The queen made the comments while talking to Metropolitan Police commander Lucy D'Orsi during a garden party at Buckingham Palace on Tuesday.
After D'Orsi was introduced as the officer in charge of security during the Chinese visit, the queen replied: "Oh, bad luck."
The Queen has been caught calling Chinese officials "very rude" on camera and saying "bad luck" to their escorthttps://t.co/DFsZFoPSCU— RT UK (@RTUKnews) 11 May 2016
The 90-year-old monarch was later heard saying:
"They [Chinese officials] were very rude to the ambassador," referring to behavior directed towards the British ambassador to China, Barbara Woodward.
D'Orsi told the queen that President Xi's visit had been "quite a testing time for me," claiming that Chinese officials had "walked out" on her and the ambassador, telling them "that the trip was off."
The queen and D'Orsi were accompanied by another official, who said police had been "seriously undermined by the Chinese" during the visit.
Police commander D'Orsi concluded the conversation by saying:
"It's very rude and very undiplomatic, I thought."
Questions Raised Over 'Golden Era'
The embarrassing gaffe has also raised questions about the future of the much-touted "golden era" of relations between Britain and China.
Speaking in Beijing, Chinese Foreign Ministry spokesperson Lu Kang, declined to comment on whether the queen's comments and the state of UK-Chinese relations.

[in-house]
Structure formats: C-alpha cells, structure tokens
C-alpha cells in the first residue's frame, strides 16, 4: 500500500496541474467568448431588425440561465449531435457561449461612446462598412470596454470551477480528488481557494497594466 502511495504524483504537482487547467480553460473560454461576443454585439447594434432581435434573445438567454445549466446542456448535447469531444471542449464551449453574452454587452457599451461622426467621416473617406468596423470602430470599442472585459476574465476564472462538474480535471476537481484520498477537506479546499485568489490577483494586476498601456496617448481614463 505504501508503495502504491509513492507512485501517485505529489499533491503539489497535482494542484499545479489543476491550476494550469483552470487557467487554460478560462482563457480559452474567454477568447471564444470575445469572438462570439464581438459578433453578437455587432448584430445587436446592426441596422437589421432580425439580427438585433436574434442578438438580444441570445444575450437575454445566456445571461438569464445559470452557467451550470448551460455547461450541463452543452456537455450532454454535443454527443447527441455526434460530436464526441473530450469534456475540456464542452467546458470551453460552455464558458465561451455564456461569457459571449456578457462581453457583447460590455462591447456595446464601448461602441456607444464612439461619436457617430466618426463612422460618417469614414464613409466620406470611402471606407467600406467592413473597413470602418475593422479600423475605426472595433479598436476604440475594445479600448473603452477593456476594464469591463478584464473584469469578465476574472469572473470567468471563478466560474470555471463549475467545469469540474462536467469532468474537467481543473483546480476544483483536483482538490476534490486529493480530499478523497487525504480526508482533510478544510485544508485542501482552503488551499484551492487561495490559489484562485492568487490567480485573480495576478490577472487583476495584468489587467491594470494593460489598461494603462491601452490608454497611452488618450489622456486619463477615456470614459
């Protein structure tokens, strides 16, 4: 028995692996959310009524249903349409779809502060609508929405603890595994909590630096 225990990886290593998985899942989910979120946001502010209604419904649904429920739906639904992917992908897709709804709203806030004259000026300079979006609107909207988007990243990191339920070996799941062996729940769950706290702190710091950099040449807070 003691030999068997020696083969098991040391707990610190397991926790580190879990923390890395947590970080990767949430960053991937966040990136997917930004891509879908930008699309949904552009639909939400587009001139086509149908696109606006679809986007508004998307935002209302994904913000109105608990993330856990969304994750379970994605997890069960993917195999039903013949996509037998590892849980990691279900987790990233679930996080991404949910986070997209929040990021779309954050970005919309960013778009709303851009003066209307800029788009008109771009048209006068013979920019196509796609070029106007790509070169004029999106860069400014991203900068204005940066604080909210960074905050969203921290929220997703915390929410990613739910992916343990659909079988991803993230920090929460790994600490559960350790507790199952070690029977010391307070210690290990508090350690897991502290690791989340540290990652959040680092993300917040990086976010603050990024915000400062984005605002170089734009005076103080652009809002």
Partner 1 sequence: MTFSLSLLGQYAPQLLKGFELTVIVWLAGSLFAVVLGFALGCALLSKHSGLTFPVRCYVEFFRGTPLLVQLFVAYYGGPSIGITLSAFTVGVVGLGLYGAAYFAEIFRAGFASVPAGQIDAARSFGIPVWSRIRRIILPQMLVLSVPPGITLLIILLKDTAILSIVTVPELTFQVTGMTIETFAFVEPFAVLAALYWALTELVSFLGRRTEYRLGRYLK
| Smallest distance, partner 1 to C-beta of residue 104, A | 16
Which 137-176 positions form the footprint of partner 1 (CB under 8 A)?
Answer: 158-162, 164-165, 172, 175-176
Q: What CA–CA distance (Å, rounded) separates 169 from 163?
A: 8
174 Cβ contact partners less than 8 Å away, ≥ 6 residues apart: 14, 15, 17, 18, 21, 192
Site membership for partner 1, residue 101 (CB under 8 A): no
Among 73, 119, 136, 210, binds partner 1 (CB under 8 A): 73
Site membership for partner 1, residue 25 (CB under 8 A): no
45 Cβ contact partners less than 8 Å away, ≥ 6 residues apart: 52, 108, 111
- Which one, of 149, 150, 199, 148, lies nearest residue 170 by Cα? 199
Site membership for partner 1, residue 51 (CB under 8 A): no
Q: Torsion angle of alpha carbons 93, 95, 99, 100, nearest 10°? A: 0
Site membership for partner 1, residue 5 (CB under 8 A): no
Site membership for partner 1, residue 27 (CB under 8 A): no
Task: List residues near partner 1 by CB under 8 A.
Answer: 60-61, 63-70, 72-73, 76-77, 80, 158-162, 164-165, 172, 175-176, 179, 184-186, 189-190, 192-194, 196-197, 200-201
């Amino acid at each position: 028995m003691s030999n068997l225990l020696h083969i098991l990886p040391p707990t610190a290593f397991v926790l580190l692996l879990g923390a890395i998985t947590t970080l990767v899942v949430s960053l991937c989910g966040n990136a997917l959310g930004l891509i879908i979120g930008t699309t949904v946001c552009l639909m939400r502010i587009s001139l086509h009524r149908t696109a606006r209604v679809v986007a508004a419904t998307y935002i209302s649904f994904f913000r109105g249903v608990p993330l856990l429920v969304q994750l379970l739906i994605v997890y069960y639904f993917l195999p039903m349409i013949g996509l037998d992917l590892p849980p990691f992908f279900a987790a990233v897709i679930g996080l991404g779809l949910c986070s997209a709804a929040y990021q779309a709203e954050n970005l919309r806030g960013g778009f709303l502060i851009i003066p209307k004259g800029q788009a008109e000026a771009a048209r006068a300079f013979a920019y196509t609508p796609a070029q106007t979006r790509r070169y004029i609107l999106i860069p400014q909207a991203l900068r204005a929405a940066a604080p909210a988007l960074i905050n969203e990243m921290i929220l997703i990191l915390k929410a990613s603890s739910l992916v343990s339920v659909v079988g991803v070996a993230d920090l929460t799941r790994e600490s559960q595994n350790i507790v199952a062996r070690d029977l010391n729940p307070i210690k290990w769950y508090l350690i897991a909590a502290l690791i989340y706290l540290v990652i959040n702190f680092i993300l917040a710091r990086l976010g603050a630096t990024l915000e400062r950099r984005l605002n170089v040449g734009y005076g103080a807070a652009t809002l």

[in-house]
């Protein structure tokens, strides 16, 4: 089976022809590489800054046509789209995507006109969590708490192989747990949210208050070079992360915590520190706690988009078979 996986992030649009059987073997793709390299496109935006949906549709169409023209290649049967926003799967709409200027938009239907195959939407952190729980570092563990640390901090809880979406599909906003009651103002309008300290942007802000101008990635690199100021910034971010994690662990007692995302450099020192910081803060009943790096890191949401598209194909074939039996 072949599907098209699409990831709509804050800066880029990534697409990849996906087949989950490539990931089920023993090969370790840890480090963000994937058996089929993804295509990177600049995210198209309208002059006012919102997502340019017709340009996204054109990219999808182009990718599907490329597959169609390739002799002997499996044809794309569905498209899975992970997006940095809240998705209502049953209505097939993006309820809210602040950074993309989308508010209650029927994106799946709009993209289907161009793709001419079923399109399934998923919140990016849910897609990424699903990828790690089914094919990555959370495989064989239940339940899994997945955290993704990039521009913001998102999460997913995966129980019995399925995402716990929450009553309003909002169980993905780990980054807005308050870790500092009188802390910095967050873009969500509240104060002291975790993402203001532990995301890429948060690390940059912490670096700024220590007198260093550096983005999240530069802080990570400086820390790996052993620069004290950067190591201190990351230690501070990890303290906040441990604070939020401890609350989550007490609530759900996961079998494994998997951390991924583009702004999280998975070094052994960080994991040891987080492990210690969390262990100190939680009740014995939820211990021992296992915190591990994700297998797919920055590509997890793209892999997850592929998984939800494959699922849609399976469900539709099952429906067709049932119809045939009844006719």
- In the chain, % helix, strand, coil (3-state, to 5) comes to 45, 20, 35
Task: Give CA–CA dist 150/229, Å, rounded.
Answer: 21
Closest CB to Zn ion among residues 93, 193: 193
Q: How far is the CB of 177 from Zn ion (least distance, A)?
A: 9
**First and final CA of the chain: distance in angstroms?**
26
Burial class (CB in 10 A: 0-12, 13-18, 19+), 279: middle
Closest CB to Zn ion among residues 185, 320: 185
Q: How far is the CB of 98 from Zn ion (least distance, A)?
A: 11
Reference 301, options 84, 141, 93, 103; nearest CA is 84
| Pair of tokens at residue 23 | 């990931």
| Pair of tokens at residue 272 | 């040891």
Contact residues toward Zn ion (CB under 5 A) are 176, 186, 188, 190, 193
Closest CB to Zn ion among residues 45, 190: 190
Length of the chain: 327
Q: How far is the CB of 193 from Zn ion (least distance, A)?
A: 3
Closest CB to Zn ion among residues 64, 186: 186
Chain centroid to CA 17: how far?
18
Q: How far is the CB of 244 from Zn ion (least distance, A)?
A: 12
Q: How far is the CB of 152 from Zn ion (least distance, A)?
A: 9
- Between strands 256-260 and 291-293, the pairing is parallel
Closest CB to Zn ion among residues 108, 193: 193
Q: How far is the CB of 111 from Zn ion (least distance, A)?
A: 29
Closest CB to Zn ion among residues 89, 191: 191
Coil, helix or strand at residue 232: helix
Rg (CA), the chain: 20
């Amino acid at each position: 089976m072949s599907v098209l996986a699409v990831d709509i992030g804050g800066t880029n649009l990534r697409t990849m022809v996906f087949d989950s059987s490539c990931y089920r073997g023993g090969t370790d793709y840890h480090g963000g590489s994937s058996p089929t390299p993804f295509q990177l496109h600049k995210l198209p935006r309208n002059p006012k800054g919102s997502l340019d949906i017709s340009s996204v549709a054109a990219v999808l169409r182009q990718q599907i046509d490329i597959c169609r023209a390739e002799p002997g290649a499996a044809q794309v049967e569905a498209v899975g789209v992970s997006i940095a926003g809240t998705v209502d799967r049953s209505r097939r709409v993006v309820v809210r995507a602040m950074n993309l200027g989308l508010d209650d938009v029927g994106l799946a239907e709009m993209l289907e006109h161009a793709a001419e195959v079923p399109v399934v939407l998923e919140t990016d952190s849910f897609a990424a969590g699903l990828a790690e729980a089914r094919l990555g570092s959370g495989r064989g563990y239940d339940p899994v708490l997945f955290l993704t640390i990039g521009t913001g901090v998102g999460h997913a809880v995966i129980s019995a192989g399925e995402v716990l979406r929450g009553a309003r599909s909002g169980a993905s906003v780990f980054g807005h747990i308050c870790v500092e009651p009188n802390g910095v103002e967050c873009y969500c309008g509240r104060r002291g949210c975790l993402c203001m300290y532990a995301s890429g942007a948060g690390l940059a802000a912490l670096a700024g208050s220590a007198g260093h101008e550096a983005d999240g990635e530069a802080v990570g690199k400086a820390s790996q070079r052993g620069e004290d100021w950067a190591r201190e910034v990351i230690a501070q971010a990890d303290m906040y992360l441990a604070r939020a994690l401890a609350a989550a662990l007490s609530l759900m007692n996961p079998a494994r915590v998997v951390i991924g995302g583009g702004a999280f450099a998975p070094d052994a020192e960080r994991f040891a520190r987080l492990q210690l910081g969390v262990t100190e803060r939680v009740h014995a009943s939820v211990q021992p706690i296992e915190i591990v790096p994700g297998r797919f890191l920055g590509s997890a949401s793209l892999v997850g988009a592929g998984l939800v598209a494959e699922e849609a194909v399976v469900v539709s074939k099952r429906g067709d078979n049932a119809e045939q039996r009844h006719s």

"President Xi's visit to the UK last year was a very successful one. Both sides have made great efforts for the success of the visit and the two sides highly recognized that," Lu was quoted as saying by the Guardian.
When questioned further whether the "golden era" was still alive, he replied: "Both sides have expressed the hope that they would implement the outcomes of President Xi's visit and push forwards a steady and stable rise of the bilateral relationship. This requires the common efforts of both sides."
Looking to play down the embarrassing leak, a Buckingham Palace spokesperson said:
"We do not comment on the Queen's private conversations. However, the Chinese State Visit was extremely successful and all parties worked closely to ensure it proceeded smoothly."
Cameron's 'Fantastically Corrupt' Slip
The embarrassing diplomatic gaffe was the second involving the monarch in as many days after UK Prime Minister David Cameron was overheard describing Nigeria and Afghanistan as "fantastically corrupt" ahead of London's anti-corruption summit this week.
Cameron told the Queen: "We had a very successful Cabinet meeting this morning to talk about our anti-corruption summit. We've got the Nigerians… actually we've got the leaders of some fantastically corrupt countries coming to Britain".
"Nigeria and Afghanistan, possibly the two most corrupt countries in the world."
The comments triggered a sharp response from Nigerian President Muhammadu Buhari, who called for the "return of assets" from the UK to Nigeria.
"What do I need an apology for? I need something tangible," Buhari said during his keynote speech at the opening of a Commonwealth anti-corruption summit being held in London.
"I’m not going to demand any apologies from anybody, what I’m demanding is a return of assets."
Buhari has made the fight against corruption one of his big since becoming president last year.